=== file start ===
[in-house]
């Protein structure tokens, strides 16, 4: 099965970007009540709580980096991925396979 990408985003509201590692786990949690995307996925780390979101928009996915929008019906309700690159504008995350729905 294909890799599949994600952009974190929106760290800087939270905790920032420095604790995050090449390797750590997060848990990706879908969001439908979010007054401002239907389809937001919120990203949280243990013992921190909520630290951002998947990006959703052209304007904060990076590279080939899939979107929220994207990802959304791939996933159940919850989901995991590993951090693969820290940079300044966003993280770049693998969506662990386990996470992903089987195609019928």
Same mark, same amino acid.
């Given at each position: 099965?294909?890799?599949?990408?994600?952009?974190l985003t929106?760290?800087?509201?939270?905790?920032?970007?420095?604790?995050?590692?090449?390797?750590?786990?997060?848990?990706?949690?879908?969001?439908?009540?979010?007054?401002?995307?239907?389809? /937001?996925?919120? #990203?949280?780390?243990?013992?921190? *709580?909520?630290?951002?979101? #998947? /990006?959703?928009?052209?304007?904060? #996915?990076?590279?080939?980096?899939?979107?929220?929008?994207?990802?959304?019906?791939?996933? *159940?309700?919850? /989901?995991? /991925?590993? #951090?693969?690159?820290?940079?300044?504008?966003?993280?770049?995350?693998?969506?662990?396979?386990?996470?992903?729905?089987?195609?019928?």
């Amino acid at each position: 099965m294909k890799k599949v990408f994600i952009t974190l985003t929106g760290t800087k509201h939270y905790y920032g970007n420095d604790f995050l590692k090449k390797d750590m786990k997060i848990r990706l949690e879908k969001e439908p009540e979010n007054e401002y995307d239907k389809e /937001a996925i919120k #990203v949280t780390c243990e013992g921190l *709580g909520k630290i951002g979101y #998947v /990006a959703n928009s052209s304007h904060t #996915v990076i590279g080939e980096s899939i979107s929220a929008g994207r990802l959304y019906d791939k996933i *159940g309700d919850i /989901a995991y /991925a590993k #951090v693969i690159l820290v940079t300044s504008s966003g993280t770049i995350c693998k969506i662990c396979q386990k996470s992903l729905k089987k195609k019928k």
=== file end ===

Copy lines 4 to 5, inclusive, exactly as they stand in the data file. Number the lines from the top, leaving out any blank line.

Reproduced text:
């Given at each position: 099965?294909?890799?599949?990408?994600?952009?974190l985003t929106?760290?800087?509201?939270?905790?920032?970007?420095?604790?995050?590692?090449?390797?750590?786990?997060?848990?990706?949690?879908?969001?439908?009540?979010?007054?401002?995307?239907?389809? /937001?996925?919120? #990203?949280?780390?243990?013992?921190? *709580?909520?630290?951002?979101? #998947? /990006?959703?928009?052209?304007?904060? #996915?990076?590279?080939?980096?899939?979107?929220?929008?994207?990802?959304?019906?791939?996933? *159940?309700?919850? /989901?995991? /991925?590993? #951090?693969?690159?820290?940079?300044?504008?966003?993280?770049?995350?693998?969506?662990?396979?386990?996470?992903?729905?089987?195609?019928?």
């Amino acid at each position: 099965m294909k890799k599949v990408f994600i952009t974190l985003t929106g760290t800087k509201h939270y905790y920032g970007n420095d604790f995050l590692k090449k390797d750590m786990k997060i848990r990706l949690e879908k969001e439908p009540e979010n007054e401002y995307d239907k389809e /937001a996925i919120k #990203v949280t780390c243990e013992g921190l *709580g909520k630290i951002g979101y #998947v /990006a959703n928009s052209s304007h904060t #996915v990076i590279g080939e980096s899939i979107s929220a929008g994207r990802l959304y019906d791939k996933i *159940g309700d919850i /989901a995991y /991925a590993k #951090v693969i690159l820290v940079t300044s504008s966003g993280t770049i995350c693998k969506i662990c396979q386990k996470s992903l729905k089987k195609k019928k």